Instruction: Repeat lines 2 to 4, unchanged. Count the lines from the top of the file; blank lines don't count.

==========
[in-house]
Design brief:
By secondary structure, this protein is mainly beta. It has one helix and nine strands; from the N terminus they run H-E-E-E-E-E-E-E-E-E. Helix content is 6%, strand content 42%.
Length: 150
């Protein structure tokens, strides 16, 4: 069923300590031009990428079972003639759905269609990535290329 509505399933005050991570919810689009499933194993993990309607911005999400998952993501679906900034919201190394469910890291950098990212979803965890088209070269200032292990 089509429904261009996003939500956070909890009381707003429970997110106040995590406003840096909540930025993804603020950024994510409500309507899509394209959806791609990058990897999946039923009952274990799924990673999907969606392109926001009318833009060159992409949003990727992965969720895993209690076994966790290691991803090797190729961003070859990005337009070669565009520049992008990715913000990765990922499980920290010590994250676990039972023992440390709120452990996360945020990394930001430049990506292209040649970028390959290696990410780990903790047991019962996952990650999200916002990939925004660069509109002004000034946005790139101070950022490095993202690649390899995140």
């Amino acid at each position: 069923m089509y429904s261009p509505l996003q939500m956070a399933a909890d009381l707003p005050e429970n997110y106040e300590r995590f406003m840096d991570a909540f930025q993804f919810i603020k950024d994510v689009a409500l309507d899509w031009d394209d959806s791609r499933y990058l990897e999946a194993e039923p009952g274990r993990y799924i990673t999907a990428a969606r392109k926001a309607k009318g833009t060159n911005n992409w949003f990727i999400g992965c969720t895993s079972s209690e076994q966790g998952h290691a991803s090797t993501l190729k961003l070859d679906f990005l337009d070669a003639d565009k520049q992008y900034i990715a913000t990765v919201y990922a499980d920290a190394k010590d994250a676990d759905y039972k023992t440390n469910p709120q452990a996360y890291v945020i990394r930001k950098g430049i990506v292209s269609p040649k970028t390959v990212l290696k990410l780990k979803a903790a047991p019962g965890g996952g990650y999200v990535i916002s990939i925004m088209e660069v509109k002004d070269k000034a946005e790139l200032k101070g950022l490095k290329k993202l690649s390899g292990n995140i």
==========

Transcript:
Design brief:
By secondary structure, this protein is mainly beta. It has one helix and nine strands; from the N terminus they run H-E-E-E-E-E-E-E-E-E. Helix content is 6%, strand content 42%.
Length: 150